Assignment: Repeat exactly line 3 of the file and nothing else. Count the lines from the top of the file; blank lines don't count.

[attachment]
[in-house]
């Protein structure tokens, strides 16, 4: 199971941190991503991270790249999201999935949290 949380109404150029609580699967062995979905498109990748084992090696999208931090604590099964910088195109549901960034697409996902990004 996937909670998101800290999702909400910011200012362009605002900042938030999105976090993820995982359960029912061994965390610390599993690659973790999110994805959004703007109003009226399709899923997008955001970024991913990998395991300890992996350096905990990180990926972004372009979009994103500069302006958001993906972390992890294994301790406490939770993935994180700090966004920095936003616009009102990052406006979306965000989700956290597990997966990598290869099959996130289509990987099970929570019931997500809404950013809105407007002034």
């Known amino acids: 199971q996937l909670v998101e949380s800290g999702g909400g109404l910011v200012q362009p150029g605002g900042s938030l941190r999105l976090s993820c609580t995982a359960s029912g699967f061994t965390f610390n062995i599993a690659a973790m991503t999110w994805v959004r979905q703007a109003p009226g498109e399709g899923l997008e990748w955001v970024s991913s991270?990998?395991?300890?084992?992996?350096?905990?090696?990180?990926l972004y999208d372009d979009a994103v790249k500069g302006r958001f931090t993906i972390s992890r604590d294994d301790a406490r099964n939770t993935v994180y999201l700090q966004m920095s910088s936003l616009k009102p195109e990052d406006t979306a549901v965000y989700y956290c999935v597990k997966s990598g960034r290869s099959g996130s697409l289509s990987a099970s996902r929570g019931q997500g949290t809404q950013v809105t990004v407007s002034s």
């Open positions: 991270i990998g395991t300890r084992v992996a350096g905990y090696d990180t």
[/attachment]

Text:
């Known amino acids: 199971q996937l909670v998101e949380s800290g999702g909400g109404l910011v200012q362009p150029g605002g900042s938030l941190r999105l976090s993820c609580t995982a359960s029912g699967f061994t965390f610390n062995i599993a690659a973790m991503t999110w994805v959004r979905q703007a109003p009226g498109e399709g899923l997008e990748w955001v970024s991913s991270?990998?395991?300890?084992?992996?350096?905990?090696?990180?990926l972004y999208d372009d979009a994103v790249k500069g302006r958001f931090t993906i972390s992890r604590d294994d301790a406490r099964n939770t993935v994180y999201l700090q966004m920095s910088s936003l616009k009102p195109e990052d406006t979306a549901v965000y989700y956290c999935v597990k997966s990598g960034r290869s099959g996130s697409l289509s990987a099970s996902r929570g019931q997500g949290t809404q950013v809105t990004v407007s002034s």